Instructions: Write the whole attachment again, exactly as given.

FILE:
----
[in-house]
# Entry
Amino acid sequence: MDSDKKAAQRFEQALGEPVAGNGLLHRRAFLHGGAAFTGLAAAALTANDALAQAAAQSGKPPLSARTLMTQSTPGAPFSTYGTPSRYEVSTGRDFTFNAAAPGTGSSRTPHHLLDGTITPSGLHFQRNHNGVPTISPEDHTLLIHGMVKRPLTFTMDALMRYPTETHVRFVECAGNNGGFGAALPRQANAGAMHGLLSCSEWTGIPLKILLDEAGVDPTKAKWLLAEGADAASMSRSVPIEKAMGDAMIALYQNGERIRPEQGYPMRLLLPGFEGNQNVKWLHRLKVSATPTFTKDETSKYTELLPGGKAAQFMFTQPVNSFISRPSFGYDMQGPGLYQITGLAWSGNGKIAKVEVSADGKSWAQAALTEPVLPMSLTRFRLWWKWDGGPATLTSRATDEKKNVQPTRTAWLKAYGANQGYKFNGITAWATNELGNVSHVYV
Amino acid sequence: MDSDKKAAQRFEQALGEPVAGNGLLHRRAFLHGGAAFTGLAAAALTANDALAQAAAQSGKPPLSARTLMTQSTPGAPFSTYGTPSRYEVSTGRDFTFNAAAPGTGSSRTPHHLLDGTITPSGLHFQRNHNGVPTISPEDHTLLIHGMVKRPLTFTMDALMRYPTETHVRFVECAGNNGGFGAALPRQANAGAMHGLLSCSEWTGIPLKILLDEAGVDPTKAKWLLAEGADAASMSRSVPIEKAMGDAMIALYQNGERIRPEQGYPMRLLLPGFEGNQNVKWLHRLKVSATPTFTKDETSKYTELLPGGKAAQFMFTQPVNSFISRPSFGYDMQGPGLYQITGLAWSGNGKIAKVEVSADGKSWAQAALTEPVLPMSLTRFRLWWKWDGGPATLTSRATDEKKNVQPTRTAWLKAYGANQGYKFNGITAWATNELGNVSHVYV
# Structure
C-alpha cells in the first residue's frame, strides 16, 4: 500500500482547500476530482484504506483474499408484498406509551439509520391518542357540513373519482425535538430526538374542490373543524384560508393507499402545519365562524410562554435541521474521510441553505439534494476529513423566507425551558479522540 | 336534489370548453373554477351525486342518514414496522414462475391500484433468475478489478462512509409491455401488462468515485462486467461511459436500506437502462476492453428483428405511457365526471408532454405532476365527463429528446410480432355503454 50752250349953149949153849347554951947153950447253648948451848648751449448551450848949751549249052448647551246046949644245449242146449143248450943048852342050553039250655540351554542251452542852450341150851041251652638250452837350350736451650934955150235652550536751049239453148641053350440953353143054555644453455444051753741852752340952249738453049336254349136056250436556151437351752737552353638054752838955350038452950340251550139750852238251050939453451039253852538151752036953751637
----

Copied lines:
[in-house]
# Entry
Amino acid sequence: MDSDKKAAQRFEQALGEPVAGNGLLHRRAFLHGGAAFTGLAAAALTANDALAQAAAQSGKPPLSARTLMTQSTPGAPFSTYGTPSRYEVSTGRDFTFNAAAPGTGSSRTPHHLLDGTITPSGLHFQRNHNGVPTISPEDHTLLIHGMVKRPLTFTMDALMRYPTETHVRFVECAGNNGGFGAALPRQANAGAMHGLLSCSEWTGIPLKILLDEAGVDPTKAKWLLAEGADAASMSRSVPIEKAMGDAMIALYQNGERIRPEQGYPMRLLLPGFEGNQNVKWLHRLKVSATPTFTKDETSKYTELLPGGKAAQFMFTQPVNSFISRPSFGYDMQGPGLYQITGLAWSGNGKIAKVEVSADGKSWAQAALTEPVLPMSLTRFRLWWKWDGGPATLTSRATDEKKNVQPTRTAWLKAYGANQGYKFNGITAWATNELGNVSHVYV
Amino acid sequence: MDSDKKAAQRFEQALGEPVAGNGLLHRRAFLHGGAAFTGLAAAALTANDALAQAAAQSGKPPLSARTLMTQSTPGAPFSTYGTPSRYEVSTGRDFTFNAAAPGTGSSRTPHHLLDGTITPSGLHFQRNHNGVPTISPEDHTLLIHGMVKRPLTFTMDALMRYPTETHVRFVECAGNNGGFGAALPRQANAGAMHGLLSCSEWTGIPLKILLDEAGVDPTKAKWLLAEGADAASMSRSVPIEKAMGDAMIALYQNGERIRPEQGYPMRLLLPGFEGNQNVKWLHRLKVSATPTFTKDETSKYTELLPGGKAAQFMFTQPVNSFISRPSFGYDMQGPGLYQITGLAWSGNGKIAKVEVSADGKSWAQAALTEPVLPMSLTRFRLWWKWDGGPATLTSRATDEKKNVQPTRTAWLKAYGANQGYKFNGITAWATNELGNVSHVYV
# Structure
C-alpha cells in the first residue's frame, strides 16, 4: 500500500482547500476530482484504506483474499408484498406509551439509520391518542357540513373519482425535538430526538374542490373543524384560508393507499402545519365562524410562554435541521474521510441553505439534494476529513423566507425551558479522540 | 336534489370548453373554477351525486342518514414496522414462475391500484433468475478489478462512509409491455401488462468515485462486467461511459436500506437502462476492453428483428405511457365526471408532454405532476365527463429528446410480432355503454 50752250349953149949153849347554951947153950447253648948451848648751449448551450848949751549249052448647551246046949644245449242146449143248450943048852342050553039250655540351554542251452542852450341150851041251652638250452837350350736451650934955150235652550536751049239453148641053350440953353143054555644453455444051753741852752340952249738453049336254349136056250436556151437351752737552353638054752838955350038452950340251550139750852238251050939453451039253852538151752036953751637